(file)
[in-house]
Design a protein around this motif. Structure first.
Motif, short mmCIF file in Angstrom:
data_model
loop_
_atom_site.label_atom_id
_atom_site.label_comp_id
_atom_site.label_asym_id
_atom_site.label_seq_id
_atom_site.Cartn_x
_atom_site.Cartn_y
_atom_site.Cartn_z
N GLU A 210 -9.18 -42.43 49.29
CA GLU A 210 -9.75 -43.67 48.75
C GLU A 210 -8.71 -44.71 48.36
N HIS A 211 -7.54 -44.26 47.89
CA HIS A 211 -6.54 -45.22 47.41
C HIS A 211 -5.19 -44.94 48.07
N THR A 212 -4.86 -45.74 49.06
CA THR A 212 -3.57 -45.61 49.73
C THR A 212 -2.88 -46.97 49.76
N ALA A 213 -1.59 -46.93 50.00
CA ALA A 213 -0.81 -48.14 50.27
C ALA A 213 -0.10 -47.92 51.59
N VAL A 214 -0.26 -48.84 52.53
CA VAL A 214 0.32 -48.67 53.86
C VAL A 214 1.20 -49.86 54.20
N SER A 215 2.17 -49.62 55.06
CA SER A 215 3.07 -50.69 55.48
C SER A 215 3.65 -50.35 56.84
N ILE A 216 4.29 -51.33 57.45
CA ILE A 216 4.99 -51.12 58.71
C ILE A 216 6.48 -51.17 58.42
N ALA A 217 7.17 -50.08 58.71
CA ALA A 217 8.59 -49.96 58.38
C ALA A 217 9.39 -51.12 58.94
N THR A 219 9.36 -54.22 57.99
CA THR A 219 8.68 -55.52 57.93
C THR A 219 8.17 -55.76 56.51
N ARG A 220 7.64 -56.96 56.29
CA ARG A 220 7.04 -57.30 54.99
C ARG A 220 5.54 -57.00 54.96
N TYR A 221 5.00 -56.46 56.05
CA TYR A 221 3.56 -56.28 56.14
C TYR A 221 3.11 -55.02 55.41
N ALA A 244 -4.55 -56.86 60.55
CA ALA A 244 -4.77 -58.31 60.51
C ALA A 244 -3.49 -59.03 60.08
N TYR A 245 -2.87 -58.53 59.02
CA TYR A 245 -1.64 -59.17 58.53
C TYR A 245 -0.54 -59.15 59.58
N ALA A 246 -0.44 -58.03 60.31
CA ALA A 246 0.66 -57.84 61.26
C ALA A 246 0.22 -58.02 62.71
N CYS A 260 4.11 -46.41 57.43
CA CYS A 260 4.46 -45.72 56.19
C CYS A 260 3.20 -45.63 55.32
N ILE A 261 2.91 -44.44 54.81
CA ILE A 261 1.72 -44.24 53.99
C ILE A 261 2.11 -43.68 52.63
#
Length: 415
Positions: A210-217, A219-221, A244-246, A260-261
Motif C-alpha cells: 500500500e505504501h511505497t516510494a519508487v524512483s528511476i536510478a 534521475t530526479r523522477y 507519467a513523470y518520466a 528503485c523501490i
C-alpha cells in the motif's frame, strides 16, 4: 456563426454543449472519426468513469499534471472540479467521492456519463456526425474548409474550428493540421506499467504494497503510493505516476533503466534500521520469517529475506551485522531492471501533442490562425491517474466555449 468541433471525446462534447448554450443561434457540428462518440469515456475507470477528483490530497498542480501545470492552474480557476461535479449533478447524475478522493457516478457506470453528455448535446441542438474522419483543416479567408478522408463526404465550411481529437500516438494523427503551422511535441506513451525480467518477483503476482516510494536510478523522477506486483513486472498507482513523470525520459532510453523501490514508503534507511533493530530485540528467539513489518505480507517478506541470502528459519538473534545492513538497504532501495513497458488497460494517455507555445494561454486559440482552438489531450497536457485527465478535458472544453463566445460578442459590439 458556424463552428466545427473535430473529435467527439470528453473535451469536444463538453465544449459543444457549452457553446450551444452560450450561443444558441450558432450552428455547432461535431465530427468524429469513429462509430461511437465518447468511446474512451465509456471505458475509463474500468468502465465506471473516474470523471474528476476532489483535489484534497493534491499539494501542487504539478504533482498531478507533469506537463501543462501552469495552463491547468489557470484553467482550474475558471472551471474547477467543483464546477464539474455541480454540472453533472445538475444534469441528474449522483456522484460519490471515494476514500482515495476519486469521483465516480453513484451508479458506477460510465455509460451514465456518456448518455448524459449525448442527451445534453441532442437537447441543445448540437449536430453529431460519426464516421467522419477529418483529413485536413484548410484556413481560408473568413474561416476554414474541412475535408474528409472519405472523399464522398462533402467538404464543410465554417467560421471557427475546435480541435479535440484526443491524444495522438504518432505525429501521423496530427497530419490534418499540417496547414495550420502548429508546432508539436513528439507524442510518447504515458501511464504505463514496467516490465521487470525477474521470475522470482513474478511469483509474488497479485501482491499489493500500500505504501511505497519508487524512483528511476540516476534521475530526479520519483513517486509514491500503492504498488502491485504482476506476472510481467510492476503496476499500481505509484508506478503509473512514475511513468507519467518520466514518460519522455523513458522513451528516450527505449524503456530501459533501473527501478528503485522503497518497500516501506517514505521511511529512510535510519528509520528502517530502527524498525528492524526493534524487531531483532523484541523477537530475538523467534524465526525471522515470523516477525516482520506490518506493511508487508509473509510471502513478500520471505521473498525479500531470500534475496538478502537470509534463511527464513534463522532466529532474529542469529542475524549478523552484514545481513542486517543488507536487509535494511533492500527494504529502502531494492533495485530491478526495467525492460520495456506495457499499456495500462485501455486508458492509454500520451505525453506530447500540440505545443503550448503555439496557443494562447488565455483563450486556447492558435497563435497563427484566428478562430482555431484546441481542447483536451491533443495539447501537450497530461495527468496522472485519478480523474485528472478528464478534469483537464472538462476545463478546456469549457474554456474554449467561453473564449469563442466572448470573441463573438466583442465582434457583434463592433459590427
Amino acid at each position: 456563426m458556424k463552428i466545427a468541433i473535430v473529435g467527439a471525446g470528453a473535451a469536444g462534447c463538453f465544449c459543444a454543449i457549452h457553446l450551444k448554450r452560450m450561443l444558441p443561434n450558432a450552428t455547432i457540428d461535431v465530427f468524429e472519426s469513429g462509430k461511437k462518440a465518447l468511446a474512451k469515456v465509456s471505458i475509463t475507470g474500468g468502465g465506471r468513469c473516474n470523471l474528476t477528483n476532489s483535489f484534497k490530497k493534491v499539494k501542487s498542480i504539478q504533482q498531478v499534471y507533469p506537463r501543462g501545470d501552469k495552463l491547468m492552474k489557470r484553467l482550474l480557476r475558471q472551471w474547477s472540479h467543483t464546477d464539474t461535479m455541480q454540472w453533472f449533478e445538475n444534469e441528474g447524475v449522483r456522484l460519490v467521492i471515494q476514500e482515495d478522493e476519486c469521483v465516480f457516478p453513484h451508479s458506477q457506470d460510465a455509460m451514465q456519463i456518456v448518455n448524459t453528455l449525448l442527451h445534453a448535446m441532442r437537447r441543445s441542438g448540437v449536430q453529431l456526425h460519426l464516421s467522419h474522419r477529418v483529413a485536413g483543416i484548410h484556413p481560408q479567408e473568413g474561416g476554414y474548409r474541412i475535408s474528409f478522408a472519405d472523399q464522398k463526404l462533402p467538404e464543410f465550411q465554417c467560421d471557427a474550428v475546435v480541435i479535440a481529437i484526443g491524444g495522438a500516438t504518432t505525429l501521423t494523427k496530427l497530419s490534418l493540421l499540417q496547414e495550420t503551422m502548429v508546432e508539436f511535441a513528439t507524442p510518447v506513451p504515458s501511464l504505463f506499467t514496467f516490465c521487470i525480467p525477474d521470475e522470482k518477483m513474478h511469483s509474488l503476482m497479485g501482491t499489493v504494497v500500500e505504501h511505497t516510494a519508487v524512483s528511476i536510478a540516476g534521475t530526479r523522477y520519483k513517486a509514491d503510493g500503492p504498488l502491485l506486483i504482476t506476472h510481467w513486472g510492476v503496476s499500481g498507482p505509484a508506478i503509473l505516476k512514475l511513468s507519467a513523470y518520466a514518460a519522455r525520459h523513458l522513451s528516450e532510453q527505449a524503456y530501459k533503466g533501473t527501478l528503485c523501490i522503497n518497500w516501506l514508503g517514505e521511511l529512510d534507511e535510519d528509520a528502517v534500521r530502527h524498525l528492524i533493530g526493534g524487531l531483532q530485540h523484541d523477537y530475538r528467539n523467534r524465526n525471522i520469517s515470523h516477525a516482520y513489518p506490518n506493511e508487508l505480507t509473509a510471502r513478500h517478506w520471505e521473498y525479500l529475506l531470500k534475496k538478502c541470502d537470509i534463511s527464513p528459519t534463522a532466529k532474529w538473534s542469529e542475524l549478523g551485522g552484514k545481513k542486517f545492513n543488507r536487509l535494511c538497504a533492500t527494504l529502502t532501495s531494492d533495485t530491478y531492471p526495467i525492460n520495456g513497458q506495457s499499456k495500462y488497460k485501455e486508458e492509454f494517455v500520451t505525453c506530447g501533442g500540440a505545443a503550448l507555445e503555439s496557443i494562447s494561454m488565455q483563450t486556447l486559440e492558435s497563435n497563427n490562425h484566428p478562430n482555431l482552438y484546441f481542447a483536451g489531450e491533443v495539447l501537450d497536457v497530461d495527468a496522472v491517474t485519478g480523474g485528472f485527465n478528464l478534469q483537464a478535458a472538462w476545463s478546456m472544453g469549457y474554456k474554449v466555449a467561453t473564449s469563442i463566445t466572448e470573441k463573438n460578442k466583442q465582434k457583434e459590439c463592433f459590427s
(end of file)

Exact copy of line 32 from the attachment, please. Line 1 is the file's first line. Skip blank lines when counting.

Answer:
CA ILE A 216 4.99 -51.12 58.71